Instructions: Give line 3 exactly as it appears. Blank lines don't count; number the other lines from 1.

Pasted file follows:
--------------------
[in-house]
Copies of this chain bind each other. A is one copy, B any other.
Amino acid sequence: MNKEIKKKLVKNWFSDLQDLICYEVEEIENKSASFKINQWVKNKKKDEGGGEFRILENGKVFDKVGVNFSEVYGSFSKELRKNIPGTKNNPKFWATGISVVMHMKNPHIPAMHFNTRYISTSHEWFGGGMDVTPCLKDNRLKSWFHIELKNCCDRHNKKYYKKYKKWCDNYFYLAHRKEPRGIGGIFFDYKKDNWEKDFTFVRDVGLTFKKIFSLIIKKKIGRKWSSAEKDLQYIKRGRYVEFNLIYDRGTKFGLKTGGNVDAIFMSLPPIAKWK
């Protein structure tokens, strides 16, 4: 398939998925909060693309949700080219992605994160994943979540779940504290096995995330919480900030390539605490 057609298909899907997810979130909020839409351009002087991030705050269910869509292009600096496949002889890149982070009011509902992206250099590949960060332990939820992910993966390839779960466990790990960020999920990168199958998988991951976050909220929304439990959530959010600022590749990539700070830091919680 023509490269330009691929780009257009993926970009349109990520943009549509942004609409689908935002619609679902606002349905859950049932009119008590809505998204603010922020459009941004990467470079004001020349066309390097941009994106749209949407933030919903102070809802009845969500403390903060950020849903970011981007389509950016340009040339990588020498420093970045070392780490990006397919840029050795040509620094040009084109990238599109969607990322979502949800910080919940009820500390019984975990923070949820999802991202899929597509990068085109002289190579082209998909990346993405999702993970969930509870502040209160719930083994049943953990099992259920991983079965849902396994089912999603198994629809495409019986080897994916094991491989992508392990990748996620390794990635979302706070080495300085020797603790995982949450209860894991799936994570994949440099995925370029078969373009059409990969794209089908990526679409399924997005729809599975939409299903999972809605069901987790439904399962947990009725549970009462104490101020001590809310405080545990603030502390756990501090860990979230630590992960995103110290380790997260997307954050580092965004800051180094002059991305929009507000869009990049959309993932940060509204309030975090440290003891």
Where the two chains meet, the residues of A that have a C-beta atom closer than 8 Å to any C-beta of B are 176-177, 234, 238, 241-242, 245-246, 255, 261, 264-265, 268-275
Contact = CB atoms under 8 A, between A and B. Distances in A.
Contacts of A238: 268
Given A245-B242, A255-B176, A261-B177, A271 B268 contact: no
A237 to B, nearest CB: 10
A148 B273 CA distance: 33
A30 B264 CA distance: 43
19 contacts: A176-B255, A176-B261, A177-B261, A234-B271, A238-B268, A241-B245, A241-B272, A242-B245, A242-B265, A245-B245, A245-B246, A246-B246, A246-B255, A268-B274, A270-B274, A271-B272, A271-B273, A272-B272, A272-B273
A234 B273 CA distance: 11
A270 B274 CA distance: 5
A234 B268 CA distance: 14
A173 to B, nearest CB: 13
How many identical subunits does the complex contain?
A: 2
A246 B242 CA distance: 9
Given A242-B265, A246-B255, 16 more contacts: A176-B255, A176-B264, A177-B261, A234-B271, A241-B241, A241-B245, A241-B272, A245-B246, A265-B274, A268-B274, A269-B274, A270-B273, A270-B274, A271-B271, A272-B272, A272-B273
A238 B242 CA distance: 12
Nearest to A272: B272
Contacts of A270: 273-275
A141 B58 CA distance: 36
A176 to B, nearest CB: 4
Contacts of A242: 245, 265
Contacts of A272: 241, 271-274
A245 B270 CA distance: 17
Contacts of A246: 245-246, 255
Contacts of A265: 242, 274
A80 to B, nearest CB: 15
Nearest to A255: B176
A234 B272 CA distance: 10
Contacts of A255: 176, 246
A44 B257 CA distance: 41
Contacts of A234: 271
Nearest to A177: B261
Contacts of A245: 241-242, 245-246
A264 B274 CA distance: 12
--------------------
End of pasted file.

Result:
Amino acid sequence: MNKEIKKKLVKNWFSDLQDLICYEVEEIENKSASFKINQWVKNKKKDEGGGEFRILENGKVFDKVGVNFSEVYGSFSKELRKNIPGTKNNPKFWATGISVVMHMKNPHIPAMHFNTRYISTSHEWFGGGMDVTPCLKDNRLKSWFHIELKNCCDRHNKKYYKKYKKWCDNYFYLAHRKEPRGIGGIFFDYKKDNWEKDFTFVRDVGLTFKKIFSLIIKKKIGRKWSSAEKDLQYIKRGRYVEFNLIYDRGTKFGLKTGGNVDAIFMSLPPIAKWK